The tourist industry employs an estimated 47,000 residents in the Charleston area, the vast bulk of whom don’t live on the peninsula because of a lack of affordable housing, adding to the city’s growing traffic woes.
As for the hotel industry, it appears that the boom that has dominated the Charleston landscape for past several years is coming to an end—and it has nothing to do with Mayor John Tecklenberg’s campaign promise to put a moratorium on hotel construction. That effort failed.
“Everyone sees high occupancy rates, so a number of firms jump in the market creating a potential excess supply problem, which takes a while to resolve,” Hefner said. “Additional supply will wait until the occupancy rates increase and remain high.”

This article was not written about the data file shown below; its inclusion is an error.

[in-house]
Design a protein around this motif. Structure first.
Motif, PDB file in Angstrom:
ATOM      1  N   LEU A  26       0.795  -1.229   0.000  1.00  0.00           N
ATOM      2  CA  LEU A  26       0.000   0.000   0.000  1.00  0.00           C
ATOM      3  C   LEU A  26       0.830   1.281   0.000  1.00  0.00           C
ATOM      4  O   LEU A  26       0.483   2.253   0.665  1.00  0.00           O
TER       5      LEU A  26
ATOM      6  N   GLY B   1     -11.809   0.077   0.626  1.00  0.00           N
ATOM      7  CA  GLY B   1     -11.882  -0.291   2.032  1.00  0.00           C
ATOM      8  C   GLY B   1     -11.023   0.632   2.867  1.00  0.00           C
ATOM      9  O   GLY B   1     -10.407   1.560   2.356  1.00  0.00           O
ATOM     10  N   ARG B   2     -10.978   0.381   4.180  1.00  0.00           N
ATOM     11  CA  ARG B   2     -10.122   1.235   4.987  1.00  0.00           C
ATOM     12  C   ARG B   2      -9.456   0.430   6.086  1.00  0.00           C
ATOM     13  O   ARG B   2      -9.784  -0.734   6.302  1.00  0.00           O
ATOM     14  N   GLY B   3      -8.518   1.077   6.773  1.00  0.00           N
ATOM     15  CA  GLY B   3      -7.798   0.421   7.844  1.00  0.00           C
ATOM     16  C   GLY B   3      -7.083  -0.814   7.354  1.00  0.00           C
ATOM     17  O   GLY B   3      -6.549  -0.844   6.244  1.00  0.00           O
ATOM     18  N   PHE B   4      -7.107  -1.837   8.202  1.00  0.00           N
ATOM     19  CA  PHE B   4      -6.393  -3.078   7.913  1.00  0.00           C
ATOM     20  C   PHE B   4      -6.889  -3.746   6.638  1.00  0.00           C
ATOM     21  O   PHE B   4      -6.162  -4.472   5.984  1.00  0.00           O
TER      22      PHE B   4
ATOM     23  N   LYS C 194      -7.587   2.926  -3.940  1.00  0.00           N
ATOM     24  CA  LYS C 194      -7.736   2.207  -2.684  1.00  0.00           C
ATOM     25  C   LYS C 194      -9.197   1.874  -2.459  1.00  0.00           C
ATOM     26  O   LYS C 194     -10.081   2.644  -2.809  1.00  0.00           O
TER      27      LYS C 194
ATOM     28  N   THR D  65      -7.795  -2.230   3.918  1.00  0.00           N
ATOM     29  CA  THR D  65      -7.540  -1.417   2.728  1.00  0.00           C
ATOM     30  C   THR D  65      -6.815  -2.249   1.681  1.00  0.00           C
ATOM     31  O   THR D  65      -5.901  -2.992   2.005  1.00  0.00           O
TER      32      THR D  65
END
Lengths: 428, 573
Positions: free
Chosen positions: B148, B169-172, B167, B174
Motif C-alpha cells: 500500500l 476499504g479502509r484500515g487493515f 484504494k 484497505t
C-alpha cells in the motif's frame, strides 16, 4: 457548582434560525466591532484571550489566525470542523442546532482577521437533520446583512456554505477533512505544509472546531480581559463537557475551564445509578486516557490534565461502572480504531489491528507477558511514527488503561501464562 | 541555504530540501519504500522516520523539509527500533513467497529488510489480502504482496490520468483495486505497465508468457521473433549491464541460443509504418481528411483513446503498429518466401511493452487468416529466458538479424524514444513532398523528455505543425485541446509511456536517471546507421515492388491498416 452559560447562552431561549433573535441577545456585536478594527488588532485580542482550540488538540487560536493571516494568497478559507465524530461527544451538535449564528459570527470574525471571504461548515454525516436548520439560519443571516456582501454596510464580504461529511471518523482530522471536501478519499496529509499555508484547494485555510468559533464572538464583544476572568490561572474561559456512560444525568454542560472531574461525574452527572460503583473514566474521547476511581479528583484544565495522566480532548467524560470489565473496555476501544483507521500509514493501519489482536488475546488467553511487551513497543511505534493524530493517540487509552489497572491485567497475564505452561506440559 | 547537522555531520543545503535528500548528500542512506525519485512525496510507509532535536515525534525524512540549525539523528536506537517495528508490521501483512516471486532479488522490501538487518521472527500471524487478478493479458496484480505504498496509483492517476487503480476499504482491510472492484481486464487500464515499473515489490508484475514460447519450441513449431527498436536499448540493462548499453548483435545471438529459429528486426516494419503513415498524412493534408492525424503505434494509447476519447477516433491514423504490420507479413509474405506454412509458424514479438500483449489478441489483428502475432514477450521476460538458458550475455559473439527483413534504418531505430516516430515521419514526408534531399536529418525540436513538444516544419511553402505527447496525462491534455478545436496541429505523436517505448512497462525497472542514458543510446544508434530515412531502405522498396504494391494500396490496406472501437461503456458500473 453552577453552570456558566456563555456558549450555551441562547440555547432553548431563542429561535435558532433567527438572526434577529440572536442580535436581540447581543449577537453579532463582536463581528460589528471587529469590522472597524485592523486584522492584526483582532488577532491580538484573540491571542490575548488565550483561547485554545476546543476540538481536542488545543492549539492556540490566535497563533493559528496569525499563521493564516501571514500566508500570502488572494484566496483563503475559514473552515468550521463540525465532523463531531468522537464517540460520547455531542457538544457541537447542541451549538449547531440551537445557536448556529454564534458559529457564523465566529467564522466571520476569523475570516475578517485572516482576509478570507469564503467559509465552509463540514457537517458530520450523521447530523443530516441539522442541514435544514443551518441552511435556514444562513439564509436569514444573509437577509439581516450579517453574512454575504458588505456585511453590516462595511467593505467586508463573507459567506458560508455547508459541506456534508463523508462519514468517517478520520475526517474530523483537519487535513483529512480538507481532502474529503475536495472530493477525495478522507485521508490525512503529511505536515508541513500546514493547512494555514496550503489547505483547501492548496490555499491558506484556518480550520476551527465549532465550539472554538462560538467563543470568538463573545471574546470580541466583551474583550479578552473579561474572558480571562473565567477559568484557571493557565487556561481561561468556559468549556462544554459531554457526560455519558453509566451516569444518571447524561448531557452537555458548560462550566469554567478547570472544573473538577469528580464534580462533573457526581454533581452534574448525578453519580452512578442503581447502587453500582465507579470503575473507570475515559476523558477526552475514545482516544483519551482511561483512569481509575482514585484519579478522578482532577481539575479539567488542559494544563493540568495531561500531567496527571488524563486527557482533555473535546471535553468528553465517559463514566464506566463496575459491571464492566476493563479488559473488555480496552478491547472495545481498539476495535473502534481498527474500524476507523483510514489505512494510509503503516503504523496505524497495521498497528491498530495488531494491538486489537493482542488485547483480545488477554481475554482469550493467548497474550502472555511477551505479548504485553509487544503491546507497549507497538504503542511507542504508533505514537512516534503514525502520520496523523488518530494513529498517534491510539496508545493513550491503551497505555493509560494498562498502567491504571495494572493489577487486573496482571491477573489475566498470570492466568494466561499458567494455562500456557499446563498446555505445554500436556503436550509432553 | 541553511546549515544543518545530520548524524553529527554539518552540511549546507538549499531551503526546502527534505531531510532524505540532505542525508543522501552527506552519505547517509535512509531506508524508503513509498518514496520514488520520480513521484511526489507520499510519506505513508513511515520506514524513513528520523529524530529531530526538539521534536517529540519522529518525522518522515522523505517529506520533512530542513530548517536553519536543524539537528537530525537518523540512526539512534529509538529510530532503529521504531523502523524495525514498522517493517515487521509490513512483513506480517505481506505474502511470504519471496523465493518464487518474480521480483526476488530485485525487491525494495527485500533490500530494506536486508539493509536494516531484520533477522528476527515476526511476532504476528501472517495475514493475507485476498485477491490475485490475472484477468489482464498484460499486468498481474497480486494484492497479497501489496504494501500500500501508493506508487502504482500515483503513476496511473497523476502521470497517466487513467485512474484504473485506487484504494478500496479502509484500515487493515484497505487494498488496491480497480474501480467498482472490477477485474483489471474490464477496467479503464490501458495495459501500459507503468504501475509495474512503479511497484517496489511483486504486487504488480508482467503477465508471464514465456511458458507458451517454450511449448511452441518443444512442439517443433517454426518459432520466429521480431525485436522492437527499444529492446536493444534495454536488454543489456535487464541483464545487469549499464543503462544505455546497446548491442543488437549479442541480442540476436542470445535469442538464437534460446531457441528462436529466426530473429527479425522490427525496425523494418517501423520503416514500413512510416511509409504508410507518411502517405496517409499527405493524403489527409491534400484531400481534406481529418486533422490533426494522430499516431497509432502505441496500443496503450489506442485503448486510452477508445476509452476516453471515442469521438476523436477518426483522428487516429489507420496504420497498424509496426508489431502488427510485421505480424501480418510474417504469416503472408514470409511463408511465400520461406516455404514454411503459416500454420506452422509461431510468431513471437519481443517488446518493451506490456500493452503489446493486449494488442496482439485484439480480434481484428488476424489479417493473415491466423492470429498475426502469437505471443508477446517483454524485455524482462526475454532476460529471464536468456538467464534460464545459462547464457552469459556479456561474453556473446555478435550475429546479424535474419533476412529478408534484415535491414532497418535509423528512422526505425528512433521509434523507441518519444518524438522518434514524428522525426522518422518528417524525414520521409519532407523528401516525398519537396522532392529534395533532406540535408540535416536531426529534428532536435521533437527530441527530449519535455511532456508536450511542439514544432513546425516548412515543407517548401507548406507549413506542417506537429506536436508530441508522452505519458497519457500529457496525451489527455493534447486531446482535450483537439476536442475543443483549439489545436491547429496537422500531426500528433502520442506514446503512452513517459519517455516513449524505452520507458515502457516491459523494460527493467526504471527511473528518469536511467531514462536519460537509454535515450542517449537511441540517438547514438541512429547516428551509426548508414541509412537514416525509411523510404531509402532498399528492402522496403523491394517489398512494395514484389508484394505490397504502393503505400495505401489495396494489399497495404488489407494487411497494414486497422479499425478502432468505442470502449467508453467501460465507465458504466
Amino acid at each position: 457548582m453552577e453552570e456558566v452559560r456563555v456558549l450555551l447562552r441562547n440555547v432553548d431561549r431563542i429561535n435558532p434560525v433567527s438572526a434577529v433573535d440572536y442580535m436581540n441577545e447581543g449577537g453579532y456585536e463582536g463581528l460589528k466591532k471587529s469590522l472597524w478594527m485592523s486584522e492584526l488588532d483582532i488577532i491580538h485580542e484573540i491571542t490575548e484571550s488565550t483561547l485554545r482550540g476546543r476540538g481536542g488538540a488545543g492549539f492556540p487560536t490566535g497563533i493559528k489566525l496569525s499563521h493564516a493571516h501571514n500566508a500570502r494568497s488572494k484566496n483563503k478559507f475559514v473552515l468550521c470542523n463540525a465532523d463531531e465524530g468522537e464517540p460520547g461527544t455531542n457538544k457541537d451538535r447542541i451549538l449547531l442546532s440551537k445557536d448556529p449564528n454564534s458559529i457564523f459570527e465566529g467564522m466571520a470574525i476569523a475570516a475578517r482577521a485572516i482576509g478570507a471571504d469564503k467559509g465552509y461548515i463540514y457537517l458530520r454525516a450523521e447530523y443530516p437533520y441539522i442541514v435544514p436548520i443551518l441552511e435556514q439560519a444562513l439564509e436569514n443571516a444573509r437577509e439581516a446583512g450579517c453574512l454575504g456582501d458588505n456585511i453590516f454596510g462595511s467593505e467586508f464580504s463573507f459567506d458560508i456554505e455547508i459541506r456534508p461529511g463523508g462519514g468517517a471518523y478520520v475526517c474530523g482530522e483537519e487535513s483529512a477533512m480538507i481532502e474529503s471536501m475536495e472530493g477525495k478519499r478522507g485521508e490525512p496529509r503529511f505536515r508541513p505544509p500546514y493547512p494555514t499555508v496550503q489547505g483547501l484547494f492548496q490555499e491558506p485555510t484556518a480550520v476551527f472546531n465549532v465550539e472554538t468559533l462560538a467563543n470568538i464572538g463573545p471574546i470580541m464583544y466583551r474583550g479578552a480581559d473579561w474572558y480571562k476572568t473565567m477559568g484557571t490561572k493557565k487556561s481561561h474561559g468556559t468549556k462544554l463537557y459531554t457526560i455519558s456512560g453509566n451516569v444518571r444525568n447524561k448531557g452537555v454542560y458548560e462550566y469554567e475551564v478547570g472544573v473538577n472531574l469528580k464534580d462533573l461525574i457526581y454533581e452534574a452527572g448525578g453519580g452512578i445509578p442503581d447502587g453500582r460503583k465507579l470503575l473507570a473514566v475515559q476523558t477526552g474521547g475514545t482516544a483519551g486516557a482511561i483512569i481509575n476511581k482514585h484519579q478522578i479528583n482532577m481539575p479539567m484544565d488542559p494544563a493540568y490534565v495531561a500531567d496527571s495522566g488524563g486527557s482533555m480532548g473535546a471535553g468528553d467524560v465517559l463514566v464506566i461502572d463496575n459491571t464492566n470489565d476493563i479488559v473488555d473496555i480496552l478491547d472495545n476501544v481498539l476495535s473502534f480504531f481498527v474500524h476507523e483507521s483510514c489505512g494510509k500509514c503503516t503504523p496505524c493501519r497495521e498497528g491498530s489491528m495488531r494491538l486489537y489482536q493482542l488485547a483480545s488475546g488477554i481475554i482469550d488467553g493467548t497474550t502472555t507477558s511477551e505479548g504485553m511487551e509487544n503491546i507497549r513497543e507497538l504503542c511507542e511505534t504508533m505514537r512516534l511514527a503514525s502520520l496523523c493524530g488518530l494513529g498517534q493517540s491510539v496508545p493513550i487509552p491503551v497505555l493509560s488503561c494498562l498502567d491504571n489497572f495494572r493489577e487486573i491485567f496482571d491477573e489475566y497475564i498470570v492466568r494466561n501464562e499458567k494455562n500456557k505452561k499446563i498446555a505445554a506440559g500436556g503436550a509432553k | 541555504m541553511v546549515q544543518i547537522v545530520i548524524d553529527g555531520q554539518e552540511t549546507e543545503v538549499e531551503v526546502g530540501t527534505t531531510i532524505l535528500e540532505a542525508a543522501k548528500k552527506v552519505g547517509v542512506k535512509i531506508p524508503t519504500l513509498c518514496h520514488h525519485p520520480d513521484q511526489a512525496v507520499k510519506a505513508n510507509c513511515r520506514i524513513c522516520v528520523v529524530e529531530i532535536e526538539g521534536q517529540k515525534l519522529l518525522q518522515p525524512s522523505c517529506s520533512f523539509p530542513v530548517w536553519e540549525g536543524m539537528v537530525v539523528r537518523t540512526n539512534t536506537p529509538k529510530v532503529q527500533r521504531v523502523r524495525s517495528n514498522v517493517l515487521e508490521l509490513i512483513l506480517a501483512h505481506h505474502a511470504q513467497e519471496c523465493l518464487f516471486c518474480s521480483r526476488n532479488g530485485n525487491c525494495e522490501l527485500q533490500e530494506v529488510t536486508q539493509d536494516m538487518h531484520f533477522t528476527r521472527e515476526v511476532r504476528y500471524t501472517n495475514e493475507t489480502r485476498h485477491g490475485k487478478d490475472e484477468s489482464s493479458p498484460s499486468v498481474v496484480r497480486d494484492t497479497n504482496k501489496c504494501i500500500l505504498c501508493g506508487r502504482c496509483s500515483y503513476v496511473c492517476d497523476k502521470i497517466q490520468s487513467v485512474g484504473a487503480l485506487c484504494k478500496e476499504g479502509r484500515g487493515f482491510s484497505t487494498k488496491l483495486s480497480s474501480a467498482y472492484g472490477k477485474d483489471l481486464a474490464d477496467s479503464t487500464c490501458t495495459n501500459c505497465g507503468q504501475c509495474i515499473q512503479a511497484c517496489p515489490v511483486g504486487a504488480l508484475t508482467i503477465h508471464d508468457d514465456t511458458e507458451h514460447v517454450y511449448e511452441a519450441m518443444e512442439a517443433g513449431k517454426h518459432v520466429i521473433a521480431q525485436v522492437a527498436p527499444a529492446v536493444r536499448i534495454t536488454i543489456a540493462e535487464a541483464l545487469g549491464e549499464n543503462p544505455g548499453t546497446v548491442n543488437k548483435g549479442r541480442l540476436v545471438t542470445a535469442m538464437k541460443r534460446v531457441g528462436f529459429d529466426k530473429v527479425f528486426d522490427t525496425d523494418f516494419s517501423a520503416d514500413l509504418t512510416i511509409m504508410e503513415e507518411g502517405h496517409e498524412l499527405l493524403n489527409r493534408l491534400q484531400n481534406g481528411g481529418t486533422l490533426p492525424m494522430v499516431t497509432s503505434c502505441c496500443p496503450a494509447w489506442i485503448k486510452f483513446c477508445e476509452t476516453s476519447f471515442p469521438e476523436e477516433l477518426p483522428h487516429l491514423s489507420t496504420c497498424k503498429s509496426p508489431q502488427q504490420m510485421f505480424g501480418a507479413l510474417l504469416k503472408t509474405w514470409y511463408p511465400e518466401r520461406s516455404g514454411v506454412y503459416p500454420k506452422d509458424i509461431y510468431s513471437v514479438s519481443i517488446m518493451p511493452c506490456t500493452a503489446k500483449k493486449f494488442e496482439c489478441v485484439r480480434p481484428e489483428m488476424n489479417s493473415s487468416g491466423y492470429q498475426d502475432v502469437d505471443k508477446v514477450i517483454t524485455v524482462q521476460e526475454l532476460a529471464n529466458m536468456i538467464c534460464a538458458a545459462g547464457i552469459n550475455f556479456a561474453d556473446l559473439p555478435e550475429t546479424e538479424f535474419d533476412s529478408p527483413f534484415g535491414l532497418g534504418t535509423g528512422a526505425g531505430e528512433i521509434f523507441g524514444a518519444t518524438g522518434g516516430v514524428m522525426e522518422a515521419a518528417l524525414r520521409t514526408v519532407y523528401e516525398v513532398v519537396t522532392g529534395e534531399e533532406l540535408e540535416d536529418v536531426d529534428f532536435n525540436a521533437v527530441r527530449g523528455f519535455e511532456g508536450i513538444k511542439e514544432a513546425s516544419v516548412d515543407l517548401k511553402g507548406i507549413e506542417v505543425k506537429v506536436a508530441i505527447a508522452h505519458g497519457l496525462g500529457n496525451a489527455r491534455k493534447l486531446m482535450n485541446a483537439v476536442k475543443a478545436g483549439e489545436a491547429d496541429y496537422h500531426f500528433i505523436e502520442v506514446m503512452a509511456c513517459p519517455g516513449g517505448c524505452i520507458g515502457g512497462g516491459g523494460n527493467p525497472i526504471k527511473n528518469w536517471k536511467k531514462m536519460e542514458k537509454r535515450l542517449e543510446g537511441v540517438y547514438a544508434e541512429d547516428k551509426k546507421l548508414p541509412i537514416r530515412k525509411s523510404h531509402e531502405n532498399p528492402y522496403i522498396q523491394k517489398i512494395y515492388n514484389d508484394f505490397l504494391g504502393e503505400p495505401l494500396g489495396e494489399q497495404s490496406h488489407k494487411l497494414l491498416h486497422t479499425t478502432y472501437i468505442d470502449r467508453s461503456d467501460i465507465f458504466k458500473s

Although rates will fall, that will not be an indication that the Holy City has lost its tourist-friendly luster. “Charleston will continue to be a destination city,” Hefner said.
Traditionally, Charleston is not a large-scale commercial manufacturer. However, the arrival of Boeing in 2011 changed that.
When the aerospace giant opened its 787 Dreamliner plant in North Charleston—the retail heart of South Carolina—it brought along suppliers and nearly 1,000 jobs. Today, it has approximately 7,500 employees.
Sales of the 787 seem to be cruising at a comfortable altitude, with Turkish Airlines recently placing an order for 25 Dreamliners and Hawaii making a surprise decision to cancel an Airbus order in favor of the Boeing 787, putting in the call for 10 new planes.
And things could get better in Charleston if Boeing decides to make a middle-market plane here. The jet in question: the so-called 797. (The official name for the plane has yet to be made public.)